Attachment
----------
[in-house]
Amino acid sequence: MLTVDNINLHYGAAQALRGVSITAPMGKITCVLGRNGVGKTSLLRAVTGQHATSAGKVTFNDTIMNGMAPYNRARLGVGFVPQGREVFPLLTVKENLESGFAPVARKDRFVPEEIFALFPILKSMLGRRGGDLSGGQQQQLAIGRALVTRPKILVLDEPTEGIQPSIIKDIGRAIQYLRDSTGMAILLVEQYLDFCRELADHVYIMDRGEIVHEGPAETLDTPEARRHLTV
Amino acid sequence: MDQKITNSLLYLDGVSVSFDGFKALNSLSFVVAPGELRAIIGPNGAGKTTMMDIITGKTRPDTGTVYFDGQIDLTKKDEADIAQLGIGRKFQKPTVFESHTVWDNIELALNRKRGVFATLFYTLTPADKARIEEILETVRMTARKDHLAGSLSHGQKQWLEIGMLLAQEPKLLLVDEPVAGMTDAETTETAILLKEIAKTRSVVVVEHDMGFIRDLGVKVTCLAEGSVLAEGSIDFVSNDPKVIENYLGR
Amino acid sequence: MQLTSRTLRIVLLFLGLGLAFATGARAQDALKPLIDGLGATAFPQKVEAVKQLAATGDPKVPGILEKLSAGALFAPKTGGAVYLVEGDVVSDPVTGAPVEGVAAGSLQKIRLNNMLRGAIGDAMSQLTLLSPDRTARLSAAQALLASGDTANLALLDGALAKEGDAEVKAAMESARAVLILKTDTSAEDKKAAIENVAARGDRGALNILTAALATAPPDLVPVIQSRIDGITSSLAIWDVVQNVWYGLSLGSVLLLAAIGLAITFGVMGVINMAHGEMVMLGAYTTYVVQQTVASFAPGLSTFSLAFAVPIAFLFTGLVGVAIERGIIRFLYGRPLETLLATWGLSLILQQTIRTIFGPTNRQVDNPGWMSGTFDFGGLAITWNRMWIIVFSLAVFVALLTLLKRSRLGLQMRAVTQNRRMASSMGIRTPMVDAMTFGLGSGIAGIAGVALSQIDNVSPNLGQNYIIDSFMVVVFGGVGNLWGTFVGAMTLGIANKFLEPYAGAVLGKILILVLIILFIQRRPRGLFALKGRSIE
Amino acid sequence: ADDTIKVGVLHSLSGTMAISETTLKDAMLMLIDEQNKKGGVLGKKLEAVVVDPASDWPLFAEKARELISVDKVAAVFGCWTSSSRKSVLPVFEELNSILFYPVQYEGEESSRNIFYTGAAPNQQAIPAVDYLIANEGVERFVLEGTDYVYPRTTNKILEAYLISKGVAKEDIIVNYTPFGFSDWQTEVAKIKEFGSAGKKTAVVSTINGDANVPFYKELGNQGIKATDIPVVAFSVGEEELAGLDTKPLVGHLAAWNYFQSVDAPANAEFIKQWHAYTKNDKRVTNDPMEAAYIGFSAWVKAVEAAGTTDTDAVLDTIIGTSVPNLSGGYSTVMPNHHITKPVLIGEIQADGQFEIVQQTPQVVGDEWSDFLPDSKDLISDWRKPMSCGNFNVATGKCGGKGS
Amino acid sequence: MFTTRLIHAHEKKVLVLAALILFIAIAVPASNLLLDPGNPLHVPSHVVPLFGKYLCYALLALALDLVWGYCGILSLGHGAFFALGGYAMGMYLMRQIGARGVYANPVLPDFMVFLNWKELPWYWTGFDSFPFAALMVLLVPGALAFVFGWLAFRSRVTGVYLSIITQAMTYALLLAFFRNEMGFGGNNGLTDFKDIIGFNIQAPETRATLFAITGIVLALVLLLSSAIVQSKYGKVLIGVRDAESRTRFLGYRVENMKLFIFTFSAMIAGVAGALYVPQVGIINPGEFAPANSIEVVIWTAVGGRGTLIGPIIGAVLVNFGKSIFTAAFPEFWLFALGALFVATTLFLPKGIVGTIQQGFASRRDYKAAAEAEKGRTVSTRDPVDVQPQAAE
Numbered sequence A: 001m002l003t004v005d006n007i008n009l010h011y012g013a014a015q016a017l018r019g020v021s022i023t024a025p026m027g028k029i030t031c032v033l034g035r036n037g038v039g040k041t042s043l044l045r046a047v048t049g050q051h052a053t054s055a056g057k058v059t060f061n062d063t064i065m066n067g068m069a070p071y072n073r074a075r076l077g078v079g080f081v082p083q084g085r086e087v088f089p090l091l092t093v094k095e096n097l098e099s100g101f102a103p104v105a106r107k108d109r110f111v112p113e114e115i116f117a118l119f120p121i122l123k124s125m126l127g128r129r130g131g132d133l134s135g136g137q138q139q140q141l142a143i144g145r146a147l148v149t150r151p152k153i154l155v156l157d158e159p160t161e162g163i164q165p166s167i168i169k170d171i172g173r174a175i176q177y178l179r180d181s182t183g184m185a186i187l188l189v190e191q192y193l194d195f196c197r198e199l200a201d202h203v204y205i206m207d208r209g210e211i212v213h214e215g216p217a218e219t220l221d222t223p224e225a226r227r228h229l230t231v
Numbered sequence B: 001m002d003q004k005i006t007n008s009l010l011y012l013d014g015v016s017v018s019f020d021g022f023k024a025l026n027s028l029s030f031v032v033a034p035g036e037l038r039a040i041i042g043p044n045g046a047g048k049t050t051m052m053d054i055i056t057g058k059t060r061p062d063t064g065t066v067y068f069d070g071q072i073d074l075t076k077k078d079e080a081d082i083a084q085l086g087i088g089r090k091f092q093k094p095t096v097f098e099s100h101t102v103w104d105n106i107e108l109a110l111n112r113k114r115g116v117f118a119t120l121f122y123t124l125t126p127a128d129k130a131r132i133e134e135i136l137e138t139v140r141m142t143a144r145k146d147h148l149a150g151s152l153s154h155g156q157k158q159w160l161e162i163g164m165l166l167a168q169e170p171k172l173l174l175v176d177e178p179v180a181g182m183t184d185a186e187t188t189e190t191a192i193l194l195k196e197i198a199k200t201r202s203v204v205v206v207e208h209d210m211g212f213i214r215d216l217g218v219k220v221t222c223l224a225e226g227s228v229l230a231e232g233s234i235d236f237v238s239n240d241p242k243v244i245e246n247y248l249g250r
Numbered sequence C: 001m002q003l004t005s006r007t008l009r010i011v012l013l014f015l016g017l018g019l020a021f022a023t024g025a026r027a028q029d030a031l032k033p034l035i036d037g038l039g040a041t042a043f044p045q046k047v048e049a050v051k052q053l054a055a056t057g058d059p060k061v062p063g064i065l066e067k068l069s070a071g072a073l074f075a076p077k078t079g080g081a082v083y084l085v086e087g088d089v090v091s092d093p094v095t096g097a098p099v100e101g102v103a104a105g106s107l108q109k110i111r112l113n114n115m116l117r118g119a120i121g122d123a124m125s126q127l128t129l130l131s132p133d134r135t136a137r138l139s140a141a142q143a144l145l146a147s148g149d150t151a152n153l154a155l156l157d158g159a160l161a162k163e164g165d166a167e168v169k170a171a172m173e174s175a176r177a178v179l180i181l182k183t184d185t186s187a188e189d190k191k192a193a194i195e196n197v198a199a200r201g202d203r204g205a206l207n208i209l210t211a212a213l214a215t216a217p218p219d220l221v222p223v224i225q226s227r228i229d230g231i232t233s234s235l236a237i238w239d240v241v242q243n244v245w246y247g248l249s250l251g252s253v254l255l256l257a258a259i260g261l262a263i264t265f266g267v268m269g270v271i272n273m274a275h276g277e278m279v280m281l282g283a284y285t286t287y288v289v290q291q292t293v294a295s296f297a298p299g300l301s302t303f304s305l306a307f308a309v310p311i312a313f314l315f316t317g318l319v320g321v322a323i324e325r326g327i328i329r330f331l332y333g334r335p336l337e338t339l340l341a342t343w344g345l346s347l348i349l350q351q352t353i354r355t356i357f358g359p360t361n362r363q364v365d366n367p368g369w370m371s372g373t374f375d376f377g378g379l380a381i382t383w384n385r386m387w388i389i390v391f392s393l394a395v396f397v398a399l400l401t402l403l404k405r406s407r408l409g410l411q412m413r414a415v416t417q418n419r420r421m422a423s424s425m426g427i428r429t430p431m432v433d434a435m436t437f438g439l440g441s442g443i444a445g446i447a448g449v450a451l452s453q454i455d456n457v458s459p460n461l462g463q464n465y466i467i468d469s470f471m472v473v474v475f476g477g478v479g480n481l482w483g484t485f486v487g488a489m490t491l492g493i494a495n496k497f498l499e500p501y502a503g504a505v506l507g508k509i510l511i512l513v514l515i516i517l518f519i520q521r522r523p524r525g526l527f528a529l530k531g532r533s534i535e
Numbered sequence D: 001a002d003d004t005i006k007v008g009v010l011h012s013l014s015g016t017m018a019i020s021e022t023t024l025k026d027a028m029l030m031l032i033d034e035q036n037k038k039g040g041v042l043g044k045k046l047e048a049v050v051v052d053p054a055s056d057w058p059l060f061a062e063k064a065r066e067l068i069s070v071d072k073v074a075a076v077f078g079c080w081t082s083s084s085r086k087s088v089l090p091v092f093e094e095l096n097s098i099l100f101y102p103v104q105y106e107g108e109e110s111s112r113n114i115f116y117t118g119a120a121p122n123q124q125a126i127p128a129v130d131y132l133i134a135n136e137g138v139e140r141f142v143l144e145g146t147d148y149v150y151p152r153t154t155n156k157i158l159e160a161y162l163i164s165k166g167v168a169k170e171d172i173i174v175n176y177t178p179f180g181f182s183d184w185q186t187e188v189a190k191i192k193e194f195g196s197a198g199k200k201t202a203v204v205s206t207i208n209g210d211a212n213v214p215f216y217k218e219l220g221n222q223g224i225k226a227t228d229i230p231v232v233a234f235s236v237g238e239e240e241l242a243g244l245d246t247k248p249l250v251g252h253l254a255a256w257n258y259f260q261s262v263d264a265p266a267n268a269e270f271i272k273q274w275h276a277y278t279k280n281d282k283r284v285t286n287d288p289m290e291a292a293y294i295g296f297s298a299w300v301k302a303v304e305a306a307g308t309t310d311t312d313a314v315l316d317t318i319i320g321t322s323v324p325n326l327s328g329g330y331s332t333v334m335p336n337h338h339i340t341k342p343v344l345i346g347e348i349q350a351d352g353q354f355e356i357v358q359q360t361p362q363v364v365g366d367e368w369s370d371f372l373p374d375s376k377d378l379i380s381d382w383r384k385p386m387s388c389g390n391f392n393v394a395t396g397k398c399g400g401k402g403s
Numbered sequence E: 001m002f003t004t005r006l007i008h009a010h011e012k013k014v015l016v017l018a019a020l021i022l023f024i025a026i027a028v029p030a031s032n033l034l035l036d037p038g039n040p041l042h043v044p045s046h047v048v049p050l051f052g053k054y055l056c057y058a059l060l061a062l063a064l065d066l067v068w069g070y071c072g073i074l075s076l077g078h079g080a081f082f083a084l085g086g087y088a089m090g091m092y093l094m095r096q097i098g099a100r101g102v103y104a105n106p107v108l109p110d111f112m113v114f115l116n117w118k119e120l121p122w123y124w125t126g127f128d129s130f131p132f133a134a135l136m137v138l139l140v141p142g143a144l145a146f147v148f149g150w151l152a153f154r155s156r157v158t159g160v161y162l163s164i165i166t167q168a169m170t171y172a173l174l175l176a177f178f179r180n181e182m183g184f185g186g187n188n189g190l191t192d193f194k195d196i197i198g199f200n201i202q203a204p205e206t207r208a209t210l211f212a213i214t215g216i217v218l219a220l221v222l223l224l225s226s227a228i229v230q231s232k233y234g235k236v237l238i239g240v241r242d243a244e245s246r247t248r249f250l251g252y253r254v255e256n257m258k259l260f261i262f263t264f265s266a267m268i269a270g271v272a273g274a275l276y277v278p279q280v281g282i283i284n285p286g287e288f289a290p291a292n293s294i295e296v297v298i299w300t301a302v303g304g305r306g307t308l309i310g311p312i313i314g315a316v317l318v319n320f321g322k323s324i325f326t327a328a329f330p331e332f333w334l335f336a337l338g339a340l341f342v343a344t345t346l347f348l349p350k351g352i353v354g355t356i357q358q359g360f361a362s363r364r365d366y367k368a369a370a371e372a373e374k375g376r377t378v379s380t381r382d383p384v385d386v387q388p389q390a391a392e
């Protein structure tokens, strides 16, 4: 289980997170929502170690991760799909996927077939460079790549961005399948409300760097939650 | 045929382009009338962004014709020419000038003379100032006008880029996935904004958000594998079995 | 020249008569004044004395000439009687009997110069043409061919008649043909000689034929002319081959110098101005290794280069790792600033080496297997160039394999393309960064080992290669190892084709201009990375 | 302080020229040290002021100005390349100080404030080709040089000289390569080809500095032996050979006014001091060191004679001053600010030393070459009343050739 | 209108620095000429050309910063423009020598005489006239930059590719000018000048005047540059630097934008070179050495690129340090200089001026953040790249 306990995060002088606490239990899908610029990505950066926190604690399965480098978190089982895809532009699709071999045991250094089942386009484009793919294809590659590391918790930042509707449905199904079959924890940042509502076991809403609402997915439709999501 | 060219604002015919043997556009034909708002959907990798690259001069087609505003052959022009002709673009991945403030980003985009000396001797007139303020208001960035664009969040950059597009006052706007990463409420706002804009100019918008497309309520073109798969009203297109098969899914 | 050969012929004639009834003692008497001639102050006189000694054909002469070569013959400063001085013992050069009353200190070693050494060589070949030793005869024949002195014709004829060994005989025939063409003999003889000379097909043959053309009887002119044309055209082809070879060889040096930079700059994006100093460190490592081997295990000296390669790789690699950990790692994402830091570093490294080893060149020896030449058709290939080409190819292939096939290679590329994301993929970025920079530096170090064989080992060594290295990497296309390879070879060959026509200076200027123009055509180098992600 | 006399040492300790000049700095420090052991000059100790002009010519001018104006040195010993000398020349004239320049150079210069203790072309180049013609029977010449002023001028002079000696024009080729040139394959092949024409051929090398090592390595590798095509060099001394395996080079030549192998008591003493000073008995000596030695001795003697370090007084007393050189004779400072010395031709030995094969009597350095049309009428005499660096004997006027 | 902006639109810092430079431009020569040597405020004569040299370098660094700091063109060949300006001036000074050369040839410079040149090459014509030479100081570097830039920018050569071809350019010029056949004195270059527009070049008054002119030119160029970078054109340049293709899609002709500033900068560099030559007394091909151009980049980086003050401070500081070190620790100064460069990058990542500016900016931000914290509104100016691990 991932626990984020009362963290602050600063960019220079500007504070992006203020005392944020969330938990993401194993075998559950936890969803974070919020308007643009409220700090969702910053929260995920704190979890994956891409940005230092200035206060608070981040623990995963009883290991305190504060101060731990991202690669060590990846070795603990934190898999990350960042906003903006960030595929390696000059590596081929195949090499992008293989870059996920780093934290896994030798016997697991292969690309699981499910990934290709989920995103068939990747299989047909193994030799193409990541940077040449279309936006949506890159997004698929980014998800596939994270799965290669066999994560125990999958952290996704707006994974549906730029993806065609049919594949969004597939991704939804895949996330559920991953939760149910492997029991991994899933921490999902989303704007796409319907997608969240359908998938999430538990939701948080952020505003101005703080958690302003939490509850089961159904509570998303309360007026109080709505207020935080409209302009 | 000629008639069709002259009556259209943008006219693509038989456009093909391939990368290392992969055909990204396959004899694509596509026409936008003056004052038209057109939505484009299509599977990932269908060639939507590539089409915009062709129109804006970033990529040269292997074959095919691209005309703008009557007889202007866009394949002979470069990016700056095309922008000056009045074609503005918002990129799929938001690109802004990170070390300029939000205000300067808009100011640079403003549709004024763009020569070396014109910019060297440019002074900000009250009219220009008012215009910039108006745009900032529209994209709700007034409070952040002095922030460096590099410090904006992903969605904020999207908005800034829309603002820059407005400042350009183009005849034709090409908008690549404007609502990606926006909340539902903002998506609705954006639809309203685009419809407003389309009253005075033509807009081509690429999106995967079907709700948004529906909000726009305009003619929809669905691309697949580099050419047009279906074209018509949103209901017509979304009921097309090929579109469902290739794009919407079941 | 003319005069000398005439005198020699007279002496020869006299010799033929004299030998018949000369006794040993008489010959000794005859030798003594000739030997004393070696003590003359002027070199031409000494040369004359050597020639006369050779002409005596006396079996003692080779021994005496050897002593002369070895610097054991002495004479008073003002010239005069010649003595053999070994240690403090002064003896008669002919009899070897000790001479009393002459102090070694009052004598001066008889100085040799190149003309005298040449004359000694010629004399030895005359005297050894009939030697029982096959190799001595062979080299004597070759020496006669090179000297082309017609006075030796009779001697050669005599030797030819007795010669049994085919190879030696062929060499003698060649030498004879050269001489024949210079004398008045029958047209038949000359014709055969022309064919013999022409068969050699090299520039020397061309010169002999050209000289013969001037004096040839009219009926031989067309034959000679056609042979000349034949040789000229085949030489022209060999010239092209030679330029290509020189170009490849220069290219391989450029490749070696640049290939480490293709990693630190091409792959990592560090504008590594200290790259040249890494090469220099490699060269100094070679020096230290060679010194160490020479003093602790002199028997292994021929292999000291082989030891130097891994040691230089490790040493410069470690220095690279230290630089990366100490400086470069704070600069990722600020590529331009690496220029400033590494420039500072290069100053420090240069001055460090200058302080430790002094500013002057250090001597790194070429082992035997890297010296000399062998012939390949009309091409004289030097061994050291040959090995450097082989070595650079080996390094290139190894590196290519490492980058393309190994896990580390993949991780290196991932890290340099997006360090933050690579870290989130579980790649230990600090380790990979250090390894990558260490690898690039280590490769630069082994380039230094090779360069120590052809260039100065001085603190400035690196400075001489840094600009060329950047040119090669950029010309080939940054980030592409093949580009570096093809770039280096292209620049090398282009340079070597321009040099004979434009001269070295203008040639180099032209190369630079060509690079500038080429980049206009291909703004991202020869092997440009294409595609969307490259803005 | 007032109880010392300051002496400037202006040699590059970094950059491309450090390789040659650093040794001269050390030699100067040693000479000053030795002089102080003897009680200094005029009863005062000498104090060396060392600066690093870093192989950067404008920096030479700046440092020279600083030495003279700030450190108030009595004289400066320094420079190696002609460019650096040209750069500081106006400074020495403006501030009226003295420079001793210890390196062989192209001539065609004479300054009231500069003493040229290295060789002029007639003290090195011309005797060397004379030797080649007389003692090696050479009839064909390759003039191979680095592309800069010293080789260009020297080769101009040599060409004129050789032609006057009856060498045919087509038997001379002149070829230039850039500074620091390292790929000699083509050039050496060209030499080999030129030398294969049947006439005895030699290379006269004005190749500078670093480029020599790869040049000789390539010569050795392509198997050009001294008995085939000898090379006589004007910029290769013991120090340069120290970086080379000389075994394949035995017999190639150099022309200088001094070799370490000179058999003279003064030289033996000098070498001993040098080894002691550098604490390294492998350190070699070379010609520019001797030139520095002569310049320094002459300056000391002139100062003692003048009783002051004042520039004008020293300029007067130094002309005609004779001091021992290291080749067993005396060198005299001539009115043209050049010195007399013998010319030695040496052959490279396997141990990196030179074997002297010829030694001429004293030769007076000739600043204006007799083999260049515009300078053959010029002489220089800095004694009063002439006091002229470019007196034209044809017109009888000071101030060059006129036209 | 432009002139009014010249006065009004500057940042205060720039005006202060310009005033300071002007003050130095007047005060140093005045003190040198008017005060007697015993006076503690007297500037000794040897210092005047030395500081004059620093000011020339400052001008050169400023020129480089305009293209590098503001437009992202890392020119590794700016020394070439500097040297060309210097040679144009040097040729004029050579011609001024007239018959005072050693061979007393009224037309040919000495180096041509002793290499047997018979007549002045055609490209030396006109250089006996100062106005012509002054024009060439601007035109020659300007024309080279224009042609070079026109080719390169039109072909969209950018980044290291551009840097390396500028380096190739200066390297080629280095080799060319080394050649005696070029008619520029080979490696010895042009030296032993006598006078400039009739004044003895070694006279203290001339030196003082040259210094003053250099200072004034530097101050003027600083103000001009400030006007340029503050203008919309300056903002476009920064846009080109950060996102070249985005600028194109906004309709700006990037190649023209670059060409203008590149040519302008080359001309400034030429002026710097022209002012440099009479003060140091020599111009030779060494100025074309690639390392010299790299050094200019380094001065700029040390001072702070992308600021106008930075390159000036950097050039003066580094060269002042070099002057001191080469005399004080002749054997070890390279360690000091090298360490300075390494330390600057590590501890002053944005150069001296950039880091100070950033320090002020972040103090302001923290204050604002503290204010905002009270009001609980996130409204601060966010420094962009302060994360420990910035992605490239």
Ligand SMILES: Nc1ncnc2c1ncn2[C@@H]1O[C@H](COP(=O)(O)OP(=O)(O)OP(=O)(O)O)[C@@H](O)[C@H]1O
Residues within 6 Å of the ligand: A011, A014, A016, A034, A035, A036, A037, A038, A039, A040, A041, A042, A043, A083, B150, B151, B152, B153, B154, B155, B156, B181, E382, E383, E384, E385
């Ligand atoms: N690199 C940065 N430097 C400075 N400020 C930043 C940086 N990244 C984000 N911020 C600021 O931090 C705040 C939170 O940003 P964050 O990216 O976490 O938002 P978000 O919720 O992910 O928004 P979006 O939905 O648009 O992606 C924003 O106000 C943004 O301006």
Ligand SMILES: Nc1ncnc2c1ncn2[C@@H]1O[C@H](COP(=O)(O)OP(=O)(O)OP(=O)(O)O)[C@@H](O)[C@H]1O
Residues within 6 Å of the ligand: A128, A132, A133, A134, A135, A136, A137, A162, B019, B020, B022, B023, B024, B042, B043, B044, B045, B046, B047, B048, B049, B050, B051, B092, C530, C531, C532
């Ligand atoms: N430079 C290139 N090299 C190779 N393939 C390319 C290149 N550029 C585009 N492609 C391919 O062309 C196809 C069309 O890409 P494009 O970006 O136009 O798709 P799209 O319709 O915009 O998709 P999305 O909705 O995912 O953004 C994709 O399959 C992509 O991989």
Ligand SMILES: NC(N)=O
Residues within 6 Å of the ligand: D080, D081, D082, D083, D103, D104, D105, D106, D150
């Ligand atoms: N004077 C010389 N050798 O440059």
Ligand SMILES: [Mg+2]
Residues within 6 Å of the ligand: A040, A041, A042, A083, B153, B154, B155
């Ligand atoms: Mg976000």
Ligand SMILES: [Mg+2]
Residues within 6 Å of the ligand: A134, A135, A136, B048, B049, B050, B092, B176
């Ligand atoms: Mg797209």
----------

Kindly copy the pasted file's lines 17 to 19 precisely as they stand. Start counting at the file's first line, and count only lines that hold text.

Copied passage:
Residues within 6 Å of the ligand: A128, A132, A133, A134, A135, A136, A137, A162, B019, B020, B022, B023, B024, B042, B043, B044, B045, B046, B047, B048, B049, B050, B051, B092, C530, C531, C532
């Ligand atoms: N430079 C290139 N090299 C190779 N393939 C390319 C290149 N550029 C585009 N492609 C391919 O062309 C196809 C069309 O890409 P494009 O970006 O136009 O798709 P799209 O319709 O915009 O998709 P999305 O909705 O995912 O953004 C994709 O399959 C992509 O991989």
Ligand SMILES: NC(N)=O